Today at the Science Museum, the Make-It team made rockets. Kids made short or long rockets. It's fun to watch the kids make rockets. NASA is making a new rocket. It is going to be done in 2014. The design will help protect the people who are going out into space if anything goes wrong with the rocket.
What's going on with bison genes these days? Scientists aren't sure but they're checking into the possibilities.
A white bison was extremely rare back in the days before the westward movement of white civilization. At its peak back then, there were 80 million bison roaming the ranges. The presence of a white bison was so unusual, native peoples thought its appearance was a message from the gods.
But in the past dozen years, two dozen white bison calves have been reared in captivity out of a population of around 500,000. The new white bison aren't albinos, but genetic ancestors of those famous rare bison of yore.
Geneticists who know about bison are amazed at the long odds to have so many white creatures coming back, for such a recessive gene to have so much prominence again. And they're zeroing in on some significant factors.
Several possible causes could be hyping the chances of the recessive gene to be present in bison calves: the impact of exposure to radiation, some type of chemical exposure or some natural accident in the process of cell-duplicating DNA.
Another factor may be the result of significant cross-breeding of bison with French Charolais cattle, which are white, to create the hybrid animal that is butchered into "beefalo."
The issue came into more focus this summer when a second white bison was born into the Dave Heider herd near Janesville, Wisc. For years, Native Americans came to his farm to see Miracle, a white bison that was born in 1994. It died two years ago, but then this August another white bison was born of the same herd. That Bison has been named Second Chance. While no DNA testing has been done on the herd, the situation is mystifying as the two white bison come from completely different blood lines.
White bison have been considered so rare and special that it carried high spiritual significance to the Lakota people. And members of the tribe are looking to a spiritual explanation for the significant rise in the numbers of white bison, saying that it signifies a need for people to unify and settle differences.
On the other hand, some native peoples are suspicious of the efforts to breed white bison as being a way to exploit their religious beliefs and practices. Those practices assert that white bison are the sacred spirit of the White Buffalo Calf Woman who first appeared 2,000 years ago during a plague of starvation for the Lakota people.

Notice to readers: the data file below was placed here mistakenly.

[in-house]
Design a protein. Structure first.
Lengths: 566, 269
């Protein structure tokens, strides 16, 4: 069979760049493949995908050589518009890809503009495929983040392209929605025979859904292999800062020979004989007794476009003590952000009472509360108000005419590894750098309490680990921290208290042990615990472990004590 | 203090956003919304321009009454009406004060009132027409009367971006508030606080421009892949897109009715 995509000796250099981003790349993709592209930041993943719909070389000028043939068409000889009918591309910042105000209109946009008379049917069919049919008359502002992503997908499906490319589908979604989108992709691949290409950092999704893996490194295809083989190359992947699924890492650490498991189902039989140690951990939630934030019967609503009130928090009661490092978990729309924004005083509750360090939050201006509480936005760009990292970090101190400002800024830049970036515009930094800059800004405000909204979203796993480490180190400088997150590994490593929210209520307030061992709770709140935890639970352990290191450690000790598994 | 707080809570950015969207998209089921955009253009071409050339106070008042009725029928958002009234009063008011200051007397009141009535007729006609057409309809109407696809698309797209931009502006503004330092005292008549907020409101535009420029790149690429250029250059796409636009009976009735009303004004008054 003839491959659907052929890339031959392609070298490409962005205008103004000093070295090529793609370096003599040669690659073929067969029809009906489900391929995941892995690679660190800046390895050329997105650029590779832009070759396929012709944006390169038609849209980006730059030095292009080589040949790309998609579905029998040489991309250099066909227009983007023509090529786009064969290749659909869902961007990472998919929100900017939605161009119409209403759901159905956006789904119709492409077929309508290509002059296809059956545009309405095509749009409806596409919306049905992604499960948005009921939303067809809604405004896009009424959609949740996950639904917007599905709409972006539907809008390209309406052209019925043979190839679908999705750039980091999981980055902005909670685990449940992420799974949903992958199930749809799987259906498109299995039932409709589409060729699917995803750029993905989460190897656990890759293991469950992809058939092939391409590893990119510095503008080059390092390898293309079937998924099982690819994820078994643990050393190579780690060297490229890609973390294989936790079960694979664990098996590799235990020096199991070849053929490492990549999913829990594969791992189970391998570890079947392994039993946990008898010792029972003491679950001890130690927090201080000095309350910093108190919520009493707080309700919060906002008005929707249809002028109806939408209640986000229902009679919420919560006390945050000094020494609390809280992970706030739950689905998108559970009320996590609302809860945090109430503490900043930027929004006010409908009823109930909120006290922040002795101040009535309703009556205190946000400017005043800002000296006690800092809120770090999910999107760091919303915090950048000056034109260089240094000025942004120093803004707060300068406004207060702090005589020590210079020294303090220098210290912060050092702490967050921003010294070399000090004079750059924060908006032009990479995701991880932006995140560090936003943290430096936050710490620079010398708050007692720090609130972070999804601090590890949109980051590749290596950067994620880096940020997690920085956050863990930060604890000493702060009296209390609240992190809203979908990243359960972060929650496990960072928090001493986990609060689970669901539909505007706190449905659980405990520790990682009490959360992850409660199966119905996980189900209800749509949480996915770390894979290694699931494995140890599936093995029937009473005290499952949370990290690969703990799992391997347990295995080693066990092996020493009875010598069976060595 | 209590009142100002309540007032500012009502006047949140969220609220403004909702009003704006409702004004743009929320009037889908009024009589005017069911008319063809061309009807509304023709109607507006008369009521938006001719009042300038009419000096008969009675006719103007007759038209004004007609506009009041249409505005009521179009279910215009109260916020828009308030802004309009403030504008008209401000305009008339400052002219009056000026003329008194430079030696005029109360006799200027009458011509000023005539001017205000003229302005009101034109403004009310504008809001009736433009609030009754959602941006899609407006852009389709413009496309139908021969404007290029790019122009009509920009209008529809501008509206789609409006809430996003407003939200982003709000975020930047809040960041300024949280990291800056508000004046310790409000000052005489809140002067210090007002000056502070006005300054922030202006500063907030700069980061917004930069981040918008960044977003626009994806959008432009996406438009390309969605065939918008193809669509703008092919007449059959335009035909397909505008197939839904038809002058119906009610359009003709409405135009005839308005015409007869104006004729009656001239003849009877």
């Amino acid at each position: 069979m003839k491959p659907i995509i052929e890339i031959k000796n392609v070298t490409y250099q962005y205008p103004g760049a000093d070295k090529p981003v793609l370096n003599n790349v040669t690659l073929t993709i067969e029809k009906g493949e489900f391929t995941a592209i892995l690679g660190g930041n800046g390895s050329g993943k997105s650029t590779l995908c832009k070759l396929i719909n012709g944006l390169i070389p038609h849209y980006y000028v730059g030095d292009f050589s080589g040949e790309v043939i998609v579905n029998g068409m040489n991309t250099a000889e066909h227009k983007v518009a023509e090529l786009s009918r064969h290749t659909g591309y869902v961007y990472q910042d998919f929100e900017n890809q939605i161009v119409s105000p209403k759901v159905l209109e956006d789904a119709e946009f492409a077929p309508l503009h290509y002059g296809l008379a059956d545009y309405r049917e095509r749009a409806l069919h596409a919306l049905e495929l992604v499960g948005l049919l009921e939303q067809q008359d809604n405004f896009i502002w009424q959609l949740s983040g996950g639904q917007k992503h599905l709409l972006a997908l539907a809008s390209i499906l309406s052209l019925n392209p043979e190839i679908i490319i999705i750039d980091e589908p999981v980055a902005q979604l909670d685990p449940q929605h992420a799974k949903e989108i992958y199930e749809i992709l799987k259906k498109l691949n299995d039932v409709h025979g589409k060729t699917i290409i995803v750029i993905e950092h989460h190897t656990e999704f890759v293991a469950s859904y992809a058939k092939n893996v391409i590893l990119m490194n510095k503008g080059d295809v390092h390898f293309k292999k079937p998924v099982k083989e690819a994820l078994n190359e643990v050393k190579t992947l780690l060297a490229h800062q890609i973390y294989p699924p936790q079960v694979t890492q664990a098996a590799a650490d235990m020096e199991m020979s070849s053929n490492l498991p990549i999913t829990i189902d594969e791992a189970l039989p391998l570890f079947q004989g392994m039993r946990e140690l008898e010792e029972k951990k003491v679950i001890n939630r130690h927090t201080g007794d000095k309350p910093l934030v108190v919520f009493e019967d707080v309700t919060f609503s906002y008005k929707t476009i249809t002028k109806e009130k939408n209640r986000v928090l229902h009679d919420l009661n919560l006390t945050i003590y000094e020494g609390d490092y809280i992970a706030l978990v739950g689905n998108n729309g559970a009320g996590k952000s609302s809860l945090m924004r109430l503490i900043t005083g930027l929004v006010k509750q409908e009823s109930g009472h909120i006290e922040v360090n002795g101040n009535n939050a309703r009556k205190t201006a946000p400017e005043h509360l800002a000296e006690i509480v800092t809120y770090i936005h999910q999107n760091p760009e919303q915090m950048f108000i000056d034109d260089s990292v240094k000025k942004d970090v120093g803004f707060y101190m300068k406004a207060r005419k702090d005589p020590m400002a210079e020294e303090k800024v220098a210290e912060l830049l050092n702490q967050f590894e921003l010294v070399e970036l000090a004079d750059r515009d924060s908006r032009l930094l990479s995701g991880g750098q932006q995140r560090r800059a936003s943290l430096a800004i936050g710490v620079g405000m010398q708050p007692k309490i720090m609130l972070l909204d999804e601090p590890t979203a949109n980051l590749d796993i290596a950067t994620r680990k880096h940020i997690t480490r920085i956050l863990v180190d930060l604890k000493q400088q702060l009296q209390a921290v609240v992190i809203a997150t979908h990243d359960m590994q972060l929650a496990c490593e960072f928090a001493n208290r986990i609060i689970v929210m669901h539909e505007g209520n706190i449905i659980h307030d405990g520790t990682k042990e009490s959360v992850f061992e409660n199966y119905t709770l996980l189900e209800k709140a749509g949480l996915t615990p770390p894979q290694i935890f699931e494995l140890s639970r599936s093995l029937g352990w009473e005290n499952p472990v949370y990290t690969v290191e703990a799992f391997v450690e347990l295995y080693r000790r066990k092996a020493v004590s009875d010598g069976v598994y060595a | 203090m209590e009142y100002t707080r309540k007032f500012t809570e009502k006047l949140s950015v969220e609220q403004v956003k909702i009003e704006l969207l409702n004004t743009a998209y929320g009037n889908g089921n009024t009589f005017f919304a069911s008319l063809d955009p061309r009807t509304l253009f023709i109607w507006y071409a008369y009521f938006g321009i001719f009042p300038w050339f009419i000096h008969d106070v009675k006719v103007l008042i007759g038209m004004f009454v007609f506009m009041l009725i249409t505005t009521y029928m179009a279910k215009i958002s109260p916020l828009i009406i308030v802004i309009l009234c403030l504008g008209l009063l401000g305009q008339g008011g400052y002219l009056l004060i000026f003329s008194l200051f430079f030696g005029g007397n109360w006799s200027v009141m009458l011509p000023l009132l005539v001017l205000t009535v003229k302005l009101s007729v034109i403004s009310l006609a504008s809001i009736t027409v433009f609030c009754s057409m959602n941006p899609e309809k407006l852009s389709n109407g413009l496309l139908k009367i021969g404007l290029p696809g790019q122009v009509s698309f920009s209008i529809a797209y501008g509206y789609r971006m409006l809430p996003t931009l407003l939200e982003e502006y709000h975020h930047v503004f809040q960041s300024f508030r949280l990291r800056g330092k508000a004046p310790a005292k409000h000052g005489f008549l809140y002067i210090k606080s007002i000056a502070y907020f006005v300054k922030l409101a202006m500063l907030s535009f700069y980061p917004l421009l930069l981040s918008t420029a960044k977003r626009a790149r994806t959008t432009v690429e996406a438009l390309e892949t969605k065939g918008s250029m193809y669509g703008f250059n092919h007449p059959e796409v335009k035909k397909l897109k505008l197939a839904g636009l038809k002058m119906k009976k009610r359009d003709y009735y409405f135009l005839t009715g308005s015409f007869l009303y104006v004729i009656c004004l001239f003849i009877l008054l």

Caroline Smith and Gretchen Benedix from the Natural History Museum in London are trekking around the Nullabor Desert in western Australia looking meteorites. Follow along on their meteorite blog.
Want to visualize ten dimensions? Watch the flash animation promoting the book, Imagining the Tenth Dimension. You will need to mouse over the the left edge of the box (Navigation) and click the second item.
Joe, from the Energista website, reported on yesterdays Renewable Energy Workshop sponsored by the U of MN Electrical Engineering Department.
Last June 4th, I reported that MIT researchers used a self-assembling peptide nanofiber scaffold to repair severed brain structures in blind rodents and restore their sight. Those same researchers noticed the material's dramatic ability to stop bleeding in the brain and began testing it on a variety of other organs and tissues.
In a study published online October 10 in Nanomedicine the researchers report that the liquid controlled bleeding in rodents within 15 seconds in seven other wound types, including cuts to the spinal cord, liver [view video here] and femoral artery as well as skin punctures.
The liquid does not seem to form a conventional blood clot, the group notes. Electron microscopy turned up no sign of the platelets that would normally gather in a clot. The proteins might instead form tangles that act like hair blocking a drain, Ellis-Behnke suggests.
The gel eventually breaks down into amino acids, the building blocks of proteins, that can be used by surrounding cells for tissue repair.
This discovery has created lots of excitement, especially by surgeons. Still, they caution that extensive clinical trials are needed to make sure the materials work properly and are safe. The MIT researchers hope to see those crucial human trials within three to five years.
The extinction of rodents and other mammals have been linked to variations in the Earth’s tilt and orbit, according to new research published in the journal Nature.
Dutch scientists studying 22 million year old rodent fossils in central Spain found that the rise and fall of the mammal species correlated with cooling periods due to changes in the Earth’s behavior. Rodents offer one of the best fossil mammal records and are excellent indicators of seasonal changes because of their short life spans.